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There is a well-known estimate for the sum of all binomial coefficients $\binom{n}{k}$ satisfying $k \leq \alpha n$ for some $\alpha$ satisfying $0 < \alpha \leq 1/2$:

$$ \sum_{k=0}^{\alpha n}\binom{n}{k} = 2^{(H(\alpha) + o(1))n}$$

where $H(\alpha) = -\alpha\log_2(\alpha) - (1-\alpha)\log_2(1-\alpha)$ is the binary entropy function.

My question is whether there exists a similar estimate when we weight the $k$-th binomial coefficient by $\lambda^k$ for some $\lambda > 0$. That is, I would like to estimate the following sum:

$$ \sum_{k=0}^{\alpha n} \binom{n}{k} \lambda^k $$

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Have you tried replacing 2 by (1+lambda)? Alternatively, for large lambda and alpha far enough away from 1/2, some nice estimates occur by using geometric series approximations. Gerhard "Ask Me About System Design" Paseman, 2012.004.11 –  Gerhard Paseman Apr 11 '12 at 10:12
    
There are many estimates here. Is there context as to what kind of estimate you are looking for? –  Daniel Parry Apr 11 '12 at 18:34
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3 Answers

up vote 6 down vote accepted

Expanding on the previous answers. I'm taking $\lambda$ and $\alpha$ to be constants which do not vary as $n\to\infty$.

If $α<λ/(λ+1)$ then the sum is within a constant of the last term. In fact the largest terms are approximately in geometric progression so you can get it quite accurately by computing the ratio.

If $α>λ/(λ+1)$, almost all of the complete binomial expansion is present, so the sum equals $(1+o(1))(1+λ)^n$.

If $α≈p$, then Russell's normal approximation will be good. (This needs some work to clarify whether the geometric approximation of the lower tail is good right up to the point where the normal approximation begins to be good. I think it is.)

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The last assertion is actually not true, as stated: say, if $\lambda=1$ and $\alpha$ is just a tiny bit larger than $1/2$, then the sum is not equal to $(1+o(1))2^n$ (it is half of this quantity). –  Seva Apr 11 '12 at 14:02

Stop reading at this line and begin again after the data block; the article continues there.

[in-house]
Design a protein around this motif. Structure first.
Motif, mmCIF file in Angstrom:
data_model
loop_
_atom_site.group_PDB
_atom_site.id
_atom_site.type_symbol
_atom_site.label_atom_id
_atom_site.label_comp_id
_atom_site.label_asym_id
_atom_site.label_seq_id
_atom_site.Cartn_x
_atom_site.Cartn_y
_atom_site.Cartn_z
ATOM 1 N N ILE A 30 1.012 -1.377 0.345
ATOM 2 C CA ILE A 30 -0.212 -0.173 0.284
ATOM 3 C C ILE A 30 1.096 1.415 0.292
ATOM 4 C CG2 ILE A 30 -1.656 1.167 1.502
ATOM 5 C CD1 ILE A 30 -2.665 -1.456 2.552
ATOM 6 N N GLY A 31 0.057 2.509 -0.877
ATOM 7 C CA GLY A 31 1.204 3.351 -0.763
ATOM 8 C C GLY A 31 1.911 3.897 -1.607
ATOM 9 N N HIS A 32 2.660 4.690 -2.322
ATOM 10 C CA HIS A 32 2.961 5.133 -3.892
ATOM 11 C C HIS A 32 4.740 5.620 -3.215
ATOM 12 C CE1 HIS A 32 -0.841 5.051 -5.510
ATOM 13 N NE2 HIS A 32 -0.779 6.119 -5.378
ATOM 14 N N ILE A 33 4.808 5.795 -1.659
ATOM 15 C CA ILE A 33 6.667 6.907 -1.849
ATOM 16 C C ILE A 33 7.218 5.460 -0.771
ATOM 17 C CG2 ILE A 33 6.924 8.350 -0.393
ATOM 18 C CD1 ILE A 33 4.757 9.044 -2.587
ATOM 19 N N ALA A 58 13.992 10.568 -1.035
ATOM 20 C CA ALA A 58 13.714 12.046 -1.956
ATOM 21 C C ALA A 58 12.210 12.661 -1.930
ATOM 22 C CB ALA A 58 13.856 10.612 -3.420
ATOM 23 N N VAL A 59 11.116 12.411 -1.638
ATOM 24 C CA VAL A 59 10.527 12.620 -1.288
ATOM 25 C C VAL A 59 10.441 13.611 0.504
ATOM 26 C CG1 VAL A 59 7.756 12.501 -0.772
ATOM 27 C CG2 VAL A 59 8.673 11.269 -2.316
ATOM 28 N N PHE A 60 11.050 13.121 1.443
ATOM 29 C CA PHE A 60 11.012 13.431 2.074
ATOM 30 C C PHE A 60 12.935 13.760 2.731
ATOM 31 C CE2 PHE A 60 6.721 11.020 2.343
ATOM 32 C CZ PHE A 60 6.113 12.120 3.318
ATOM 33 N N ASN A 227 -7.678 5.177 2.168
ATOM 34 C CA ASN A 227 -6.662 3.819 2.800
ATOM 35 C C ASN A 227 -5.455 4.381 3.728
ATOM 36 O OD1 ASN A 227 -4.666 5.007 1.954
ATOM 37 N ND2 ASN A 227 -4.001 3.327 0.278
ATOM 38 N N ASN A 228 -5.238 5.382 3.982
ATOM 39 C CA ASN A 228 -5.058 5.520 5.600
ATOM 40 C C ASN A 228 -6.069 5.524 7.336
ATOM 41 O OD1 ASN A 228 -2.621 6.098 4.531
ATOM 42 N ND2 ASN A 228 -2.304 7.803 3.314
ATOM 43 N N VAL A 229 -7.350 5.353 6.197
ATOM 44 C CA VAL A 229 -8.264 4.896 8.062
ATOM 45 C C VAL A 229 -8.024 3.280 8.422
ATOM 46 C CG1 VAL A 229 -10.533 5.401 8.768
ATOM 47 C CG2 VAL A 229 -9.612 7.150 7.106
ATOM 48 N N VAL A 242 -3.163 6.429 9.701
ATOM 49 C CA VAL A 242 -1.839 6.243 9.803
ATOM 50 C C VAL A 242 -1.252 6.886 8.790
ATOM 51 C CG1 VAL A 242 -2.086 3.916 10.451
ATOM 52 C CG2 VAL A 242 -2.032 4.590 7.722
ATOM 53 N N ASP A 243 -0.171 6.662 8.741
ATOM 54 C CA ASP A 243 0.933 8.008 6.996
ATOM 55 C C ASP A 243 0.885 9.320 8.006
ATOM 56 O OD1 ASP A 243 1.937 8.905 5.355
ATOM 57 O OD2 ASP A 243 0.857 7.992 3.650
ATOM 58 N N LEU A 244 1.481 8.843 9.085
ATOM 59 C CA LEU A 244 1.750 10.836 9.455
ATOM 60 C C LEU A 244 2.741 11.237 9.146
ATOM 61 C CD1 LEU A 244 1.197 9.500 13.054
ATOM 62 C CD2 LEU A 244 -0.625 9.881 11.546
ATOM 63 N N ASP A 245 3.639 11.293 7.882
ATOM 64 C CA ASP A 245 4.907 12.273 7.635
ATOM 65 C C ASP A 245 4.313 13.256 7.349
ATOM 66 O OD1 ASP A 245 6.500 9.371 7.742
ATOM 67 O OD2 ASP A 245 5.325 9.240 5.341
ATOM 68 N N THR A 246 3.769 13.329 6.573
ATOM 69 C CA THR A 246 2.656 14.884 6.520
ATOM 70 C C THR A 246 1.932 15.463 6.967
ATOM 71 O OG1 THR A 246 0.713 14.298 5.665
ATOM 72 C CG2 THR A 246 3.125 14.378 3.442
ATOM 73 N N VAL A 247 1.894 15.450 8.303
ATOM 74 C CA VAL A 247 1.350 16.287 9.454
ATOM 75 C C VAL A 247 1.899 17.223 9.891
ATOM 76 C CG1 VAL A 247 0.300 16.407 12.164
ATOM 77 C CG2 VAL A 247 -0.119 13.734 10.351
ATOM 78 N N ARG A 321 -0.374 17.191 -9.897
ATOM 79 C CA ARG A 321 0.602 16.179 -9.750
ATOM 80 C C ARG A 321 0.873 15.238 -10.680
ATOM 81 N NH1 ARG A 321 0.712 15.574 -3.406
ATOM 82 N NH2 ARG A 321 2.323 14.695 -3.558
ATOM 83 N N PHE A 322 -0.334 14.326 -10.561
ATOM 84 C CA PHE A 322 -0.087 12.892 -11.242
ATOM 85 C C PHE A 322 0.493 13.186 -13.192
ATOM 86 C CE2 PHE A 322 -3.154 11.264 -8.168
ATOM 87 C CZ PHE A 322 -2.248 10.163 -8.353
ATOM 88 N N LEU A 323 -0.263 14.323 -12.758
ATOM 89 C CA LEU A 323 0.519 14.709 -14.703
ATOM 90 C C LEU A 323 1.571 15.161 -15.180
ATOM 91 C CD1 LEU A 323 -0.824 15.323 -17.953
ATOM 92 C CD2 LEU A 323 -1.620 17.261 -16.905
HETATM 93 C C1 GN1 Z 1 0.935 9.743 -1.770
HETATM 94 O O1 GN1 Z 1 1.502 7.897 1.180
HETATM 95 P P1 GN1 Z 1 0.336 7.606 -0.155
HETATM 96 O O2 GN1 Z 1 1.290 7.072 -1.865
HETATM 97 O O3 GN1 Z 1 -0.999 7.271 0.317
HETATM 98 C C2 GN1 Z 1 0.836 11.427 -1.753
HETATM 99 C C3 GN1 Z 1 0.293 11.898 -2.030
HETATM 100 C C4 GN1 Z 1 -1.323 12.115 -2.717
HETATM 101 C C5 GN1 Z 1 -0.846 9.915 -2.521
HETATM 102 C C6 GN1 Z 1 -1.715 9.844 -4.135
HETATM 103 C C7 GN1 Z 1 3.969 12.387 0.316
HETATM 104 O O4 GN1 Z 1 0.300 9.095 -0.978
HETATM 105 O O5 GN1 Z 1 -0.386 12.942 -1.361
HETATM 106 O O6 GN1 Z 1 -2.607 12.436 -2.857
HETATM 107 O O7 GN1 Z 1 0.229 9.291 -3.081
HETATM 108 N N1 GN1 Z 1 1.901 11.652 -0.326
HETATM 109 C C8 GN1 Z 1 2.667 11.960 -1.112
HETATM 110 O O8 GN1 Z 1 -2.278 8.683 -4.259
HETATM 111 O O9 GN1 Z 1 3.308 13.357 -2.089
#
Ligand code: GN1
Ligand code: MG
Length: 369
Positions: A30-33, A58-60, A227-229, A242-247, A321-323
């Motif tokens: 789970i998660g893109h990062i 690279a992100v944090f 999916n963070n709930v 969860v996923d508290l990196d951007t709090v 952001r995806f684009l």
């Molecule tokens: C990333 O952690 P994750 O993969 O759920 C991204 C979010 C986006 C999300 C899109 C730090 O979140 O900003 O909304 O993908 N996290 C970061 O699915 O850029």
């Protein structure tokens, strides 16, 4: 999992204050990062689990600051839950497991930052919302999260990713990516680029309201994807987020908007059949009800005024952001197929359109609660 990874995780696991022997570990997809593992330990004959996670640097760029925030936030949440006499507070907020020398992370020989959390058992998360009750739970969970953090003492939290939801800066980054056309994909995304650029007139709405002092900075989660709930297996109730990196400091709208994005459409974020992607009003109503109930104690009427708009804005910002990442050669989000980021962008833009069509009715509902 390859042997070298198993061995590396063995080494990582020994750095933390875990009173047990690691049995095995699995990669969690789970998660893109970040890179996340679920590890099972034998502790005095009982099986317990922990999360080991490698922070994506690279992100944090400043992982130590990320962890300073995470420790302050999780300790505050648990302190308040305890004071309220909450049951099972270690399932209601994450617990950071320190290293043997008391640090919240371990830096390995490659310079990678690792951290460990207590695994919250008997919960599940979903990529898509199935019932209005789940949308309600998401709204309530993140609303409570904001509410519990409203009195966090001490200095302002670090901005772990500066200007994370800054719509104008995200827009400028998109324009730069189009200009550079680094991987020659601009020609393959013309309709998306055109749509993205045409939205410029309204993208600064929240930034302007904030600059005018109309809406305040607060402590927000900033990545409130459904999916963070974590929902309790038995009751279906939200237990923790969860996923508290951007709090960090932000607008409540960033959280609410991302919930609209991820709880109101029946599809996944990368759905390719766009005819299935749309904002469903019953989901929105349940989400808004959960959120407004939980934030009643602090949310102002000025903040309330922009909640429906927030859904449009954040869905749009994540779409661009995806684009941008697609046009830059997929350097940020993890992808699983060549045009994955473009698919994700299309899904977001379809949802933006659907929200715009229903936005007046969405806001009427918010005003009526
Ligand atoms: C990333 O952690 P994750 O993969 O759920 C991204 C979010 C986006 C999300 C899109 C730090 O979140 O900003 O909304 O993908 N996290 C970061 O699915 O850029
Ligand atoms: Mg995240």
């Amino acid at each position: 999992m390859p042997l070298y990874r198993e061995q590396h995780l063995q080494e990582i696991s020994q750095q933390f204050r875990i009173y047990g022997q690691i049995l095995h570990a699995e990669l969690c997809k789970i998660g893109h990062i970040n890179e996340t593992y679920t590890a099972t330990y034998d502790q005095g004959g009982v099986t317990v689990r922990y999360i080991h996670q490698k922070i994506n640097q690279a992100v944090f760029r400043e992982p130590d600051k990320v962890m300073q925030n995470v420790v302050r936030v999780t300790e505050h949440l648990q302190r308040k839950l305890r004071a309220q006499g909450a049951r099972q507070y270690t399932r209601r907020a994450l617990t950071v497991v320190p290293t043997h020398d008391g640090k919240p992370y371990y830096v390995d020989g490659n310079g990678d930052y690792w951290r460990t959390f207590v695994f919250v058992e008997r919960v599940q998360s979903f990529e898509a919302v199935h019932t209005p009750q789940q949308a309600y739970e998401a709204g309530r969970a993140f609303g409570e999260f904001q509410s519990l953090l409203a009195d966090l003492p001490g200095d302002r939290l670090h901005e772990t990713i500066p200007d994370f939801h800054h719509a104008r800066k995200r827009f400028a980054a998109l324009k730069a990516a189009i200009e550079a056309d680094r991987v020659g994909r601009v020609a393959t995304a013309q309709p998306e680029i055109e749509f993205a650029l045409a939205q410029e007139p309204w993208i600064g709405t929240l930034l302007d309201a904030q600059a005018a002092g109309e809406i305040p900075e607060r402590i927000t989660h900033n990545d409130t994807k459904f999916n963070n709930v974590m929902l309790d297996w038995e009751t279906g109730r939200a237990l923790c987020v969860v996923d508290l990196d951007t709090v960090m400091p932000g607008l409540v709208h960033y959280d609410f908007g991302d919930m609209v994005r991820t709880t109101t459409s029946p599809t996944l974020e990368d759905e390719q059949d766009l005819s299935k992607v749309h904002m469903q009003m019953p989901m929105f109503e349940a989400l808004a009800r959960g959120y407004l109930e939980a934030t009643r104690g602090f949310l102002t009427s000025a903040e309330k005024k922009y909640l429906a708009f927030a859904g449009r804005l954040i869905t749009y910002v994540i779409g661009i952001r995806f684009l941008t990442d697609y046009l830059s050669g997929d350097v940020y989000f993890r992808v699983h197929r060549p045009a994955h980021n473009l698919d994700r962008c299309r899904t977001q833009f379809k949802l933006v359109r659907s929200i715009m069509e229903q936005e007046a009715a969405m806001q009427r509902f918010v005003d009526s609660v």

Perhaps you are not taking $\alpha$ to be constant as $n\to\infty$. Apart from the scaling factor of $2^n$, it is a binomial distribution $Bin(n,1/2)$, which has a standard deviation of $\sqrt{n}/2$. So if $\alpha=1/2+\epsilon$ for fixed $\epsilon>0$, the upper limit of your sum is $2\epsilon\sqrt{n}$ standard deviations above the mean, so it cuts off a negligible portion of the sum from 0 to $n$. To asymptotically get half of $2^n$ you need $\alpha=1/2+o(n^{-1/2})$, which is not constant except for $\alpha=1/2$. –  Brendan McKay Apr 12 '12 at 2:08
    
What happens when $\alpha=c/n$ for $c$ a constant? Can one bound the sum in terms of $c$, $\lambda$ and $n$? –  Bullmoose Nov 22 '13 at 4:33
    
@Bullmoose: In that case the sum is strongly dominated by its largest term. –  Brendan McKay Nov 22 '13 at 4:50
    
I posted a question related to this here: mathoverflow.net/questions/149604/… The question is the origin of my query. –  Bullmoose Nov 22 '13 at 5:57
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Your sum can also be thought of as the first $\alpha n$ terms in a binomial distribution with probability of success $p=1-\frac1{\lambda+1}$. So, it is closely approximated by a normal distribution with mean $np$ and standard deviation $\sqrt{np(1-p)}$, i.e., $$\sum_{k=0}^{\alpha n} \binom nk \lambda^k\approx (1-p)^{-n}\Phi\left((\alpha-p)\sqrt{\frac n{p(1-p)}}\right),$$ where $\Phi$ is the cumulative standard normal distribution.

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This will only be a good estimate when the upper limit is close to the centre of the normal approximation, i.e., when $\alpha\approx p$. –  Brendan McKay Apr 11 '12 at 11:39
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Sums of this sort are estimated by their largest summand, and the resulting estimate will depend on the relation between $\alpha$ and $\lambda$.

The ratio of the $(k+1)$th and the $k$th terms of the untruncated sum is $$ \lambda \frac{n-k}{k+1}, $$ showing that the sequence of summands is unimodal, with the maximum value attained for $k$ about $\frac{\lambda}{\lambda+1}\,n$. Consequently, if $\alpha<\lambda/(\lambda+1)$, then your sum is between $\binom n{\lfloor\alpha n\rfloor}\lambda^{\lfloor\alpha n\rfloor}$ and $n\binom n{\lfloor\alpha n\rfloor}\lambda^{\lfloor\alpha n\rfloor}$, which is $2^{H((\alpha)+\alpha\log_2\lambda+o(1))n}$; similarly, if $\alpha>\lambda/(\lambda+1)$, then the sum is $2^{(H(\lambda/(\lambda+1))+(\lambda/(\lambda+1))\log_2\lambda+o(1))n}=(\lambda+1)^{1+o(1)}$. (Both estimates assume that $\alpha$ and $\lambda$ are fixed, and $n\to\infty$.)

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